This delightful and unusually spirited Churchill painting is especially interesting in several ways. It is painted on canvas-board, a convenient and relatively small support that Churchill used when working quickly and spontaneously. Then, it is fully signed “W Churchill” which is very rare and confirms the artist’s special regard for Mr. E. Merrick Tyler, his adviser at Lloyds to whom he gave the painting.
A letter from Churchill’s Private Secretary Violet Pearman to Mr Merrick Tyler, dated 4th January 1933, states: ‘I have dispatched today... a picture which Mr Churchill painted himself and which he promised to give you some time ago. He hopes the picture reaches you safely and that you like it’.
At the time that Churchill made this gift he was compellingly busy. In December the previous year he had railed in a House of Commons speech against the Government’s and indeed the nation’s preferences for disarmament: ‘The removal of the just grievances of the vanquished ought to precede the disarmament of the victors. To bring about anything like equality of armaments... while those grievances remain unredressed, would be almost to appoint the day for another European war’.
That speech is a sober example of Churchill’s singular efforts when he was out of office, his ‘Wilderness Years’, to warn and cajole all would listen, or read, in the many articles he published at home and abroad, of the dangers that he so acutely foresaw. Ironically, it was also in January 1933 that Adolph Hitler became Chancellor of Germany.
Somehow, in the midst of all this serious political activity, Churchill was working on a monumental biography of his great ancestor, the first Duke of Marlborough, of which the first volume (eventually there were to be four) was published in October 1933. Since his youth Churchill had been an inveterate traveller and determined as always to see and understand everything for himself he had, while writing his life of Marlborough, surveyed and visited the European battlefields associated with the Duke.
By contrast perhaps, this little painting of a café at St Jean de Luz suggests a time of personal happiness. As so often, we’re all indebted to Martin Gilbert, Churchill’s official biographer for clearly dating this painting: ‘it was probably painted’ he stated, in September 1923 ‘when Churchill spent some time in the region of Bayonne’. At the end of the previous year, the Government of which he was a member had fallen after a General Election that also saw Churchill lose his parliamentary seat - after 22 consecutive years as a member of the House of Commons.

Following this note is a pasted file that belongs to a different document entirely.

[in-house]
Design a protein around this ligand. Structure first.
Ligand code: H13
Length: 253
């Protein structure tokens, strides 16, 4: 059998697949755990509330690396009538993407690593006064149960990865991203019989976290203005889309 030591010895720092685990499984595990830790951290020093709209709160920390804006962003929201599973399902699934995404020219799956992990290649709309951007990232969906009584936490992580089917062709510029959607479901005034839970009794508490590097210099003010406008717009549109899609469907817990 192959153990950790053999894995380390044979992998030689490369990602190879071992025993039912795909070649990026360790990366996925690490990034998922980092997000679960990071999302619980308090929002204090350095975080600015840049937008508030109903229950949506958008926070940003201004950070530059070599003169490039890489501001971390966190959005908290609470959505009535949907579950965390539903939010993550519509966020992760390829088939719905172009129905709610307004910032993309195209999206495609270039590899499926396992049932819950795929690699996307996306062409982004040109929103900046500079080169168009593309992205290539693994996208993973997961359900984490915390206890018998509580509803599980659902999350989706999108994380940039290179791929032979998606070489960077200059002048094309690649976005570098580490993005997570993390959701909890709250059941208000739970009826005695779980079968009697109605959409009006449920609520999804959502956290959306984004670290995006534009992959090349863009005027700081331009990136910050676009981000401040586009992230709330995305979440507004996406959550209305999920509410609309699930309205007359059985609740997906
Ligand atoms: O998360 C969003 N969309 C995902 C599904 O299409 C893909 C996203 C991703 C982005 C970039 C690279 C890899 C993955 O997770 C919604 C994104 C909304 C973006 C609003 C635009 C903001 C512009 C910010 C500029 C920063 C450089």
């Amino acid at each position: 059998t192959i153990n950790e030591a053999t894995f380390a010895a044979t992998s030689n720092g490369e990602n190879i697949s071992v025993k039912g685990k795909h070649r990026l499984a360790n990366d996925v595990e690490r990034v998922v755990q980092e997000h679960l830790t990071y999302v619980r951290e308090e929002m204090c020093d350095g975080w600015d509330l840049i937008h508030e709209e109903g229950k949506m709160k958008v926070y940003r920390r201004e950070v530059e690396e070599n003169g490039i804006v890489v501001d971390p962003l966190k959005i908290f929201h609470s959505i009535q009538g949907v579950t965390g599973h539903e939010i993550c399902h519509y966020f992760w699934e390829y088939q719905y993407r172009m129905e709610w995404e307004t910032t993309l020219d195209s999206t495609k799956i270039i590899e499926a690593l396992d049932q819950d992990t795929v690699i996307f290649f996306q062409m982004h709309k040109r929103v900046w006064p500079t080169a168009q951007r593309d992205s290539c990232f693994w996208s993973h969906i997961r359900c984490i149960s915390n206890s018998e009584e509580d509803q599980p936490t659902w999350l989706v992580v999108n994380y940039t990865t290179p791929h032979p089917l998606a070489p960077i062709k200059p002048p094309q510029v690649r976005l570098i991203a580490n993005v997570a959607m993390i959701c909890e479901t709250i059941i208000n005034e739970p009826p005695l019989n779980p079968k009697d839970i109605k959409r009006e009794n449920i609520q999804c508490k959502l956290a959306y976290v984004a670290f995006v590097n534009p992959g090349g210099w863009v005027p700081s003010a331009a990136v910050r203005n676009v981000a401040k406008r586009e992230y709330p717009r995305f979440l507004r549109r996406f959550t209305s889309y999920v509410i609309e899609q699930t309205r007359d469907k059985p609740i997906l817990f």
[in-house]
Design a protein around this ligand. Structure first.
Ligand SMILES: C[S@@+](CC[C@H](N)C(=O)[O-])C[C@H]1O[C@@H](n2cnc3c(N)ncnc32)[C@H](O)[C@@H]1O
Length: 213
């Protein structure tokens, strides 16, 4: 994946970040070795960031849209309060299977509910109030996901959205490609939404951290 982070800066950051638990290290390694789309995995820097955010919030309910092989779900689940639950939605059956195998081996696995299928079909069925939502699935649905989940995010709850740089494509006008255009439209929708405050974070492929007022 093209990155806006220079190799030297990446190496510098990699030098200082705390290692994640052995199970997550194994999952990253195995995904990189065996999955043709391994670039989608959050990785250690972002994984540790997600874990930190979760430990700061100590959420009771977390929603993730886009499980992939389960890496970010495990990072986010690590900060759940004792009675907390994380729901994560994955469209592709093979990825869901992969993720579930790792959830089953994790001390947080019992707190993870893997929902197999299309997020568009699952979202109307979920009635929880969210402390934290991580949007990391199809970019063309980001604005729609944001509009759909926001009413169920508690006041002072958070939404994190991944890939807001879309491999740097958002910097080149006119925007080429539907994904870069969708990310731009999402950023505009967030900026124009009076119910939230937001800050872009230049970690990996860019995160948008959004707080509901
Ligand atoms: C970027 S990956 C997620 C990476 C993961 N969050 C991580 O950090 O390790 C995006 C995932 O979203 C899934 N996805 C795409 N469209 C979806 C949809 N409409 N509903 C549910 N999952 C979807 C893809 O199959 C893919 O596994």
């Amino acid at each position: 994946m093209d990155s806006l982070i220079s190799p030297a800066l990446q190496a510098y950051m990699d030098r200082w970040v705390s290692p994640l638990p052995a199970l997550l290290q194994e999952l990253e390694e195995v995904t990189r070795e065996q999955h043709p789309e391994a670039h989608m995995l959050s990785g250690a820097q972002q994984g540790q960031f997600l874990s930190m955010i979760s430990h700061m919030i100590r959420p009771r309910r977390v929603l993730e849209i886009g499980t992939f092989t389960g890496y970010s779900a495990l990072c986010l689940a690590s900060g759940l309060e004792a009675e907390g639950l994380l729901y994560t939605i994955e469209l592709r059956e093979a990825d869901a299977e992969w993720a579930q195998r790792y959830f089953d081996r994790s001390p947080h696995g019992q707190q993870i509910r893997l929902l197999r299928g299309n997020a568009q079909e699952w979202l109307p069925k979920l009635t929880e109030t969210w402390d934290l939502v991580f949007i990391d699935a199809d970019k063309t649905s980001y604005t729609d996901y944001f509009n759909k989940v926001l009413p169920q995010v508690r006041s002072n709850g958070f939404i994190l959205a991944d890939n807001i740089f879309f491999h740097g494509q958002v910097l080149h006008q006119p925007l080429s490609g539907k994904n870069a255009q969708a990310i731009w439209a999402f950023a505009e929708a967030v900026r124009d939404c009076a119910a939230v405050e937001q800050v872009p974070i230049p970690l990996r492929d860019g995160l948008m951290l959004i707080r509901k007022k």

However, Churchill was emboldened not only by his previous successes as a Minister but by personal fulfilment as a husband and father - whom he needed to support. Immediately therefore he set his hand to completing the first volumes of his war memoirs The World Crisis (eventually published in 5 volumes and six parts between 1923 and 1931) for which he had secured a very lucrative contract. Churchill took his family to stay for four months in 1923 at a villa near Cannes where, as well as writing, he turned his mind and hand to painting, including a series of very dashingly painted impressionist seascapes.
It is these freely handled works made earlier in the year that find an echo in Churchill’s painting of the Café at St. Jean de Luz. Not far from the estate at Mimizan of his friend the Duke of Westminster, it is an old French town facing the Atlantic on the south western edge of the Bay of Biscay below the Pyrenees. Its sheltered aspect made it a great favourite for sea bathers – a sport that Churchill relished and enjoyed for much of his life.
We are very grateful to David Coombs for preparing this catalogue entry.